Archive | May 20, 2024

Leo and Ralph

Leo and Ralph

Leo and Ralph











Leo and Ralph

Peter Carnavas

UQP., 2024

276pp., pbk., RRP $A16.99


When Leo starts Kindergarten he find it hard to make friends.  Perhaps it’s because his short legs can’t keep up with the other kids so they leave him behind, or because his words and sentences take a while to come out so they either butt in or walk away before he finishes, but he soon learns that the safest place for him to be is on his own. 

One day, Leo sees a white balloon floating high above him and it sparks an interest in space, an interest that turns into an obsession particularly when the balloon returns, gets stuck in the tree overhanging the house and from it comes a shaggy creature , smaller than he is, with two short horns, long, floppy ears , arms and legs like pointy socks and fur that changes colour.  And so begins the friendship that Leo desperately wanted, and that his parents and teacher felt that he needed.  It didn’t matter to them that Ralph came from one of Jupiter’s moons and that Leo was the only one who could see him- that fact that Leo was happy inventing and playing games with Ralph, much less anxious and so settled was enough.

The friendship continues through Leo’s early school years with the two being inseparable and wisely, Leo’s teachers all accepting his reality.  But financial pressures mean that Leo’s teacher mum has to choose a promotion position in a small country town and that is going to mean leaving Ralph behind.  Indeed, the book begins with a prologue of the poignant parting scene between the two.

So is this farewell to his friend who has made life bearable all this time, does it mean that Leo will slip back into that lonely world he was once trapped in, or…?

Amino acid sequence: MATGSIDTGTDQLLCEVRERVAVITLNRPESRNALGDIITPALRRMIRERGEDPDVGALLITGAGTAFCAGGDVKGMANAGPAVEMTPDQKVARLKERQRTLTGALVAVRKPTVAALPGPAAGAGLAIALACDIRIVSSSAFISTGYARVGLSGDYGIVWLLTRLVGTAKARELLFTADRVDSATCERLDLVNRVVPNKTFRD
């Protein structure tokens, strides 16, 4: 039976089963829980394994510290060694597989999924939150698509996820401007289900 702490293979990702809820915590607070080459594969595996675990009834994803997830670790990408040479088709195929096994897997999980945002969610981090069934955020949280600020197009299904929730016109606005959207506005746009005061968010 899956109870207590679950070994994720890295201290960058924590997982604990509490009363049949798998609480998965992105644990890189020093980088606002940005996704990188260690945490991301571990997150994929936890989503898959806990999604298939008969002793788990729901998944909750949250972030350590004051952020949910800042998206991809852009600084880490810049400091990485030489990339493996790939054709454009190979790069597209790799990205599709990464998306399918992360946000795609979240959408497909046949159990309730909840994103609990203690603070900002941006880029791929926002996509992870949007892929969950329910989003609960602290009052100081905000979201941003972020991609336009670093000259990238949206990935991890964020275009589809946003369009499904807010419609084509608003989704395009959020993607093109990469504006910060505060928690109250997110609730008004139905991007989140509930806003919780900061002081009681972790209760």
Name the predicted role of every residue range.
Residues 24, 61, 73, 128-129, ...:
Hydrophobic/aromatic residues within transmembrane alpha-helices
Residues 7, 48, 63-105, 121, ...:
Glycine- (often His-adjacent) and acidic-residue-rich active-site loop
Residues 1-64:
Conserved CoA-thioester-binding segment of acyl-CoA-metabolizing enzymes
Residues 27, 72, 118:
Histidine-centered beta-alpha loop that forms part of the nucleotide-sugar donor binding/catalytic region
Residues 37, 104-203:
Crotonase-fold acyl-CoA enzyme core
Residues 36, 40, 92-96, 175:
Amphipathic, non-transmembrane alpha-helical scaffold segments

This is a gentle, sensitive story that embraces the world of imaginary friends, a world that most adults are not usually invited into, or, if they are, then they are tolerated-just.  Few get to embrace it in the way that those in Leo’s life do, and even fewer are as wise as they are.  

In a recent interview, director and writer of the popular new movie IF, John Krasinski said that as COVID and its consequences took hold, he watched his children slipping into the world of imaginary friends as isolation from their real ones took hold, and he realised that it was a vital part of who they were at the time,  And while he had been thinking of such a theme for some time, now was the time to do it.  And so, with many of our students no doubt seeing the movie, this is the perfect read-aloud to share with them. Perhaps, as children with their own imaginary friends who fulfil a critical space in their lives, they will feel validated as well as hopeful that their story will have a similar ending to Leo’s; and perhaps, as adults, the grown-ups around them will better understand and embrace those who share their child’s life in this way.